Wilfrid Sellars and the two images of the world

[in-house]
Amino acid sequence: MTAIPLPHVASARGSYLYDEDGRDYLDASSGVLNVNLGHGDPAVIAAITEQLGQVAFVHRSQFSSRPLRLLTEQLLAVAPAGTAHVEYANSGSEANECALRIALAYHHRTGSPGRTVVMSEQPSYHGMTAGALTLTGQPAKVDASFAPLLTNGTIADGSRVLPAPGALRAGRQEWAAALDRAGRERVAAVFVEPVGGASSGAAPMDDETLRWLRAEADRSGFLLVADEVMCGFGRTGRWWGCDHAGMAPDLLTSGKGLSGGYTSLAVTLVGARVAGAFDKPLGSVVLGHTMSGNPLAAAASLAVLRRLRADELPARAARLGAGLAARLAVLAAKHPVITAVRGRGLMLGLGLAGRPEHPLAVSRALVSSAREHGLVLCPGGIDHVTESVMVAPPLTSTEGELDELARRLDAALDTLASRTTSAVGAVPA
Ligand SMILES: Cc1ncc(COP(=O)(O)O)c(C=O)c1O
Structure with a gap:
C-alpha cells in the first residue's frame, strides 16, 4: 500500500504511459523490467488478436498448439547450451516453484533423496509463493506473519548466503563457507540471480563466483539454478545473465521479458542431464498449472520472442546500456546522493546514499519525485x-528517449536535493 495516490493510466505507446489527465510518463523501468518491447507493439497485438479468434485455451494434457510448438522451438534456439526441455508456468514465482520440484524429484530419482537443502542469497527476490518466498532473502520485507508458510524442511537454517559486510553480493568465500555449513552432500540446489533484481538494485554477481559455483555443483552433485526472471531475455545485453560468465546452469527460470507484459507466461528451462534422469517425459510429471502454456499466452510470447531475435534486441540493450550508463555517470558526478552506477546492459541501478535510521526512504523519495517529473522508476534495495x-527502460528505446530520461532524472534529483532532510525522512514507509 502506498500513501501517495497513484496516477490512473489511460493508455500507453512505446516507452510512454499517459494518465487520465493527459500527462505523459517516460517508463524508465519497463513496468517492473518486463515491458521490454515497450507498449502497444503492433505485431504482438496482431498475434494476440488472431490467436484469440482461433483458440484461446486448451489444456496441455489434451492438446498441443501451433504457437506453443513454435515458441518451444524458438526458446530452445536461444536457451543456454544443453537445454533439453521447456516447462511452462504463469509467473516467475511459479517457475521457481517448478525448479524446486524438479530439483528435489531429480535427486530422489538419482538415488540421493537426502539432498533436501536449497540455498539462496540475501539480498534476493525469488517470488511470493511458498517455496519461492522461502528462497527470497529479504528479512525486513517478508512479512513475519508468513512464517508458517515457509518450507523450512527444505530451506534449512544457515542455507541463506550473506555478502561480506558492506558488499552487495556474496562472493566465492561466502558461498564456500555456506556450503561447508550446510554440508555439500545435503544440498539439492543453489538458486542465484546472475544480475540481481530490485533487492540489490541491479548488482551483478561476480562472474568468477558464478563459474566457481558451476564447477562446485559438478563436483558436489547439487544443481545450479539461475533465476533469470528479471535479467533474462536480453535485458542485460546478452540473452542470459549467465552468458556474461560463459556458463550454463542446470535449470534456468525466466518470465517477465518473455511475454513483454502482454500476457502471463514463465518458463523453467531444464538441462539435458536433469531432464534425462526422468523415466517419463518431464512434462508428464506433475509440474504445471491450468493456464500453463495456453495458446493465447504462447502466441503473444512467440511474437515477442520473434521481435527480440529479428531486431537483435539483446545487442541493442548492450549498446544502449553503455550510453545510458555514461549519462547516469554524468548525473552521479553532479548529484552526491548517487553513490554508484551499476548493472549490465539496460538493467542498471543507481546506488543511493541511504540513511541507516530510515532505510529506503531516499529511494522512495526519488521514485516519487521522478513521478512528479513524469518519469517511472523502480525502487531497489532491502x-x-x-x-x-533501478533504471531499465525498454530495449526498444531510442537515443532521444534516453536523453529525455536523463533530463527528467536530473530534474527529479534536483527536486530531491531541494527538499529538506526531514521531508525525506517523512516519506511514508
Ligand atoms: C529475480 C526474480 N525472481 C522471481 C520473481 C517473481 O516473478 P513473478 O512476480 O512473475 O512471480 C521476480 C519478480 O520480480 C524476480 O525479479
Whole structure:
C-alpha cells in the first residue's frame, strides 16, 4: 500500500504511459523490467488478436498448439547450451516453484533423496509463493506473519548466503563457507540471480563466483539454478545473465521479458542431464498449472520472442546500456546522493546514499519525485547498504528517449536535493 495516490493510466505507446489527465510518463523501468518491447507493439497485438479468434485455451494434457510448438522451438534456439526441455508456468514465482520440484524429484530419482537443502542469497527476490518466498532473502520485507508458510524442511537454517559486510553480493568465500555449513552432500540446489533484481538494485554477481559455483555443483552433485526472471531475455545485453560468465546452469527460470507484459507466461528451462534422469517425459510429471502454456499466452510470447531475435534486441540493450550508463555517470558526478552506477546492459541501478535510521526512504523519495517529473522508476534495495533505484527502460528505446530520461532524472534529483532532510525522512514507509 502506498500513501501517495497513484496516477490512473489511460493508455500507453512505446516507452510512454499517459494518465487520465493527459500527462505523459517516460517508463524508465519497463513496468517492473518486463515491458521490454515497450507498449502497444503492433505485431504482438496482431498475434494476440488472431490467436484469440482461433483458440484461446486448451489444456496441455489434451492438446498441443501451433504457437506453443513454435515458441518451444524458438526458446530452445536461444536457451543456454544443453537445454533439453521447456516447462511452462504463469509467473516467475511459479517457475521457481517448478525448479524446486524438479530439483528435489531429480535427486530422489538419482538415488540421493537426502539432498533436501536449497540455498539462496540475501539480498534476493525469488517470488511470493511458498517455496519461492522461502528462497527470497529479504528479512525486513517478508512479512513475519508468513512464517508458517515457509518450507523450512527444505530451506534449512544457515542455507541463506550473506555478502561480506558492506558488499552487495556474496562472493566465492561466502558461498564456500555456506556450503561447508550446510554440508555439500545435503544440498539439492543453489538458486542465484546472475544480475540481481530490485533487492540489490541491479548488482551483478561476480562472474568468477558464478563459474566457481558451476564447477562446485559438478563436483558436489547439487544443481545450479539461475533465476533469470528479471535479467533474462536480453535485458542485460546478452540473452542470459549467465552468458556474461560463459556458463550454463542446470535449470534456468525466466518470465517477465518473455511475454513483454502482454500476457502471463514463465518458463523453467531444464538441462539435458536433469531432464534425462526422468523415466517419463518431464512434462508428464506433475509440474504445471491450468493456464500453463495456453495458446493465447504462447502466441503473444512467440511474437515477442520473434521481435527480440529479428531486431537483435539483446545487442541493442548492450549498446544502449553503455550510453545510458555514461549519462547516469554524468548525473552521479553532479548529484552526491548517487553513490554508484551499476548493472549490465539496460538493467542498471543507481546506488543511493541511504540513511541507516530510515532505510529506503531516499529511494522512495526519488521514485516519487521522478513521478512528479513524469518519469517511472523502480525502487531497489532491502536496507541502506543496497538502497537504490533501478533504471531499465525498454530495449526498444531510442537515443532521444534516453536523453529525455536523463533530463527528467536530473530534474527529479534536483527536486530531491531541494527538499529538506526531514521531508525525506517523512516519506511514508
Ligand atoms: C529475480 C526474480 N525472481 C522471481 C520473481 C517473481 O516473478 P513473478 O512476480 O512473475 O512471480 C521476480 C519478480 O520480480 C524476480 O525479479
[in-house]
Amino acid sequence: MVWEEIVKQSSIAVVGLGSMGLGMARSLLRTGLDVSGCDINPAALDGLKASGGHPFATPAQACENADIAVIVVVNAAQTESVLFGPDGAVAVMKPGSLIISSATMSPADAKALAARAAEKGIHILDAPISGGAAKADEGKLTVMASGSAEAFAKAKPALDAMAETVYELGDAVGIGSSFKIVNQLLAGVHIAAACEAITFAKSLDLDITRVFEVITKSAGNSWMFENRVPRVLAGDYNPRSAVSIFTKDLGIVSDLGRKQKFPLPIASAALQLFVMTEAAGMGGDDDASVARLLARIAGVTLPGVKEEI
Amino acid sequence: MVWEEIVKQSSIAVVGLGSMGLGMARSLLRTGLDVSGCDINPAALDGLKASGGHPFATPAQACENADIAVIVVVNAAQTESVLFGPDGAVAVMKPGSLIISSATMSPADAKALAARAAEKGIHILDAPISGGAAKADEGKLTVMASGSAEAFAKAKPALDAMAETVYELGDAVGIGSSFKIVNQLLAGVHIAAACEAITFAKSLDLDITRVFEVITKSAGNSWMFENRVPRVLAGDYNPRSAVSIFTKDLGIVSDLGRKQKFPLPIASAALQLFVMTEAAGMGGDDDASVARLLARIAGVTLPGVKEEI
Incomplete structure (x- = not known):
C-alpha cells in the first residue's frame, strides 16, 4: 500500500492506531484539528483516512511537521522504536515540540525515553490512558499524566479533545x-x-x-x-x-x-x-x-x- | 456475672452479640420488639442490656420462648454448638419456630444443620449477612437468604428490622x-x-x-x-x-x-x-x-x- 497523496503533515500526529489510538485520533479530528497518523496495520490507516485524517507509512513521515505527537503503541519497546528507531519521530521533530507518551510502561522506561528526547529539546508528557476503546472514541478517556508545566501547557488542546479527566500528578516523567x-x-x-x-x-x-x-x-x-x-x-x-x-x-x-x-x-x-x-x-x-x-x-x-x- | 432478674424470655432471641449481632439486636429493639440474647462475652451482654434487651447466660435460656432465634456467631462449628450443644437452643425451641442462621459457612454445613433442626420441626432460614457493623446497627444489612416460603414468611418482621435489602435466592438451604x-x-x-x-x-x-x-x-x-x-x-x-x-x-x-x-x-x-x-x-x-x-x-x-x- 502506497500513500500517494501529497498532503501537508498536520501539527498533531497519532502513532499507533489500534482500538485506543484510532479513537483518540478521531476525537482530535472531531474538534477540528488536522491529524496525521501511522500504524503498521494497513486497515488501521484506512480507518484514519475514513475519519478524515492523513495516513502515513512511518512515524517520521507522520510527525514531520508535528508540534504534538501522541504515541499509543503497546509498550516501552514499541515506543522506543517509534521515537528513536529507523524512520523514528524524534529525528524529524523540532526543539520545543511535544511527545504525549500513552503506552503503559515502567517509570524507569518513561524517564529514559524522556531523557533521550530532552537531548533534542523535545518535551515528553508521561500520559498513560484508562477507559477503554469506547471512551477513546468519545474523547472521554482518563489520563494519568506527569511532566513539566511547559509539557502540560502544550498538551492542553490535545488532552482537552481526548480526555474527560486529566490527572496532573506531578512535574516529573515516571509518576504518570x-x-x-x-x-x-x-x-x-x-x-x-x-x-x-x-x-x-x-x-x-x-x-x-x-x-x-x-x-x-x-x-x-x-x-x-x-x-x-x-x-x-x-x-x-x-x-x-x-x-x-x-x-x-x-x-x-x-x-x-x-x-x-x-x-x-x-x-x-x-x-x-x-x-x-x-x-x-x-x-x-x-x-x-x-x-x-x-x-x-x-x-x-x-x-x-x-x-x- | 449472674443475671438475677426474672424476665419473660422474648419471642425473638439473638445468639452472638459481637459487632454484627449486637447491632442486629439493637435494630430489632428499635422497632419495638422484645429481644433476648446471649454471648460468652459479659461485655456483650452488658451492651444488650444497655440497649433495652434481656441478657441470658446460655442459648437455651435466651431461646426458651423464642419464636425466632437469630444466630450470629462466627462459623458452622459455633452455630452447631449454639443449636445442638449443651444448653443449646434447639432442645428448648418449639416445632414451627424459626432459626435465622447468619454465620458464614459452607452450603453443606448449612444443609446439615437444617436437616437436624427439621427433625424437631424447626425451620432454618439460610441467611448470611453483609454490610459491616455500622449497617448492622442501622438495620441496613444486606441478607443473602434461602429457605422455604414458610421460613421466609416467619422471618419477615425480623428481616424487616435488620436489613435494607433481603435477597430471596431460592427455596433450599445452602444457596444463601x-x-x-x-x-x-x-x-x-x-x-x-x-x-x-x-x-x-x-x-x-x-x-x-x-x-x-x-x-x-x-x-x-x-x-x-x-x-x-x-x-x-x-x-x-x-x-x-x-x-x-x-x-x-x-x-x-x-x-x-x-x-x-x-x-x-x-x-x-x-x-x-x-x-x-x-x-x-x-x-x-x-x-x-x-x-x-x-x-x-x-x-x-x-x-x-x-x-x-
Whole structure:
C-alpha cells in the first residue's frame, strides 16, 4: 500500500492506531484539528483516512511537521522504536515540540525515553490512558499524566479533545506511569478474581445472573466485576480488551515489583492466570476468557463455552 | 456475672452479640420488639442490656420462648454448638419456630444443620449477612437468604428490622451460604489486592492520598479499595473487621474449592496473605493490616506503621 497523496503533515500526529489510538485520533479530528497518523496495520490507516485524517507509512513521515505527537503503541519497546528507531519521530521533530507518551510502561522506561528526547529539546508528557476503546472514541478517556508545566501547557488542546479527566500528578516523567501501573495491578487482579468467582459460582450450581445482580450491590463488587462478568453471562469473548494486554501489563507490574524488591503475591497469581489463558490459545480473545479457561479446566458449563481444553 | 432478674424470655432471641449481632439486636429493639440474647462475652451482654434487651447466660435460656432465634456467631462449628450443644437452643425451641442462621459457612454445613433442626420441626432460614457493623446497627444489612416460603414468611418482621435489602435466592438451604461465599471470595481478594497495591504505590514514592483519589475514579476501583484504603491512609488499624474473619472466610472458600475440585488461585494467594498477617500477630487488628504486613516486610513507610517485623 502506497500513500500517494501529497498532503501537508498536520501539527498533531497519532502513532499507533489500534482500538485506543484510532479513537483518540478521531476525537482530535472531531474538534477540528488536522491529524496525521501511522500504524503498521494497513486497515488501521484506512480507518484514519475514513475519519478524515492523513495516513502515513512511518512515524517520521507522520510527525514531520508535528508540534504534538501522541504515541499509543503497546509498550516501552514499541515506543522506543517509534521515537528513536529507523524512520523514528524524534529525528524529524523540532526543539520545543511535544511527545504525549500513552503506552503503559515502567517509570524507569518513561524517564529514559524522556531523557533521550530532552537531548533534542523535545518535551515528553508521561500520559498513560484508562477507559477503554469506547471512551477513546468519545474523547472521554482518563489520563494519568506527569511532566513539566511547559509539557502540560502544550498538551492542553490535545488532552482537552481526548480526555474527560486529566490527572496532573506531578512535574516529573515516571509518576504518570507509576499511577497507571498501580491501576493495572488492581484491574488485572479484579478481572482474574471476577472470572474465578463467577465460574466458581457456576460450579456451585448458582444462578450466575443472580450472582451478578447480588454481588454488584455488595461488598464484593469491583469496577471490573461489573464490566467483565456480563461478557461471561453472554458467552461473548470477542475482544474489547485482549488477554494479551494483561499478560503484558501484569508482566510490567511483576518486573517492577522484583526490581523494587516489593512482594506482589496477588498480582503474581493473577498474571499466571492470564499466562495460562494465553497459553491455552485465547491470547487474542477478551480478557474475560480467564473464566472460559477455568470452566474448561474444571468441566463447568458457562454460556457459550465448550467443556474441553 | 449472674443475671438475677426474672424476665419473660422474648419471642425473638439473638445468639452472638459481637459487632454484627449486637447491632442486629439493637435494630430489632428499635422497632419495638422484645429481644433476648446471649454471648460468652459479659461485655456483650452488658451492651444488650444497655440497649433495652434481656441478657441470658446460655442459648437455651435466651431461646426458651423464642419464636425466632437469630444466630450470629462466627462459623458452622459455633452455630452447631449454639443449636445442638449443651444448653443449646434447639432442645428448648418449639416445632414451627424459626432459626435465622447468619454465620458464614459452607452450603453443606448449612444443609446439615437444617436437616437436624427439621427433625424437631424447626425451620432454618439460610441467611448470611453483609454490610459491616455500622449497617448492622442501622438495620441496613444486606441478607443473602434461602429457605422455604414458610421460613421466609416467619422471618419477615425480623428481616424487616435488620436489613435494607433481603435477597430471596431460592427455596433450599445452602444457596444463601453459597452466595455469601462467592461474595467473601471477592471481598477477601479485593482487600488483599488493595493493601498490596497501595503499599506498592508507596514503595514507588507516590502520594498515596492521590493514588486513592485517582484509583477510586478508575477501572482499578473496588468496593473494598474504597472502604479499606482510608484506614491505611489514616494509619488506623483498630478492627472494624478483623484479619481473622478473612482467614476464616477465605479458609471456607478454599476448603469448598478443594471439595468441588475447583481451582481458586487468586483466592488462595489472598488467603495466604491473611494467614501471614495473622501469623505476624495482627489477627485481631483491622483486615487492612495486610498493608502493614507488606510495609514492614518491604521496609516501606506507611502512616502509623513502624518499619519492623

In our century we are confronted not by one world-view, but by two extremely refined images, each of which means to be a complete picture. Wilfrid Sellars called these two perspectives, respectively, the “manifest” and the “scientific” image of man in the world. What are these two images, and are they really alternative? Many problems arise when some authors endorse the primacy of the scientific image. Sellars, for example, accepts the view that the scientific account of the world is the adequate image, so that “science is the measure of all things, of what is that it is, and of what is not that is not”. We argue that it is wrong to admit any kind of replacement of the manifest image by the scientific one, because they are not separated by a neat border. The task of common sense is to provide human beings with a practical way of interacting with the surrounding environment, and such interaction, in turn, is based on conceptualization. It follows that the conflict between common sense and the scientific view of the world – as envisaged by Sellars and others – is less dramatic than it is usually thought to be, because it does not take into account the essentially practical dimension of the manifest image and its bearing on the problem of survival.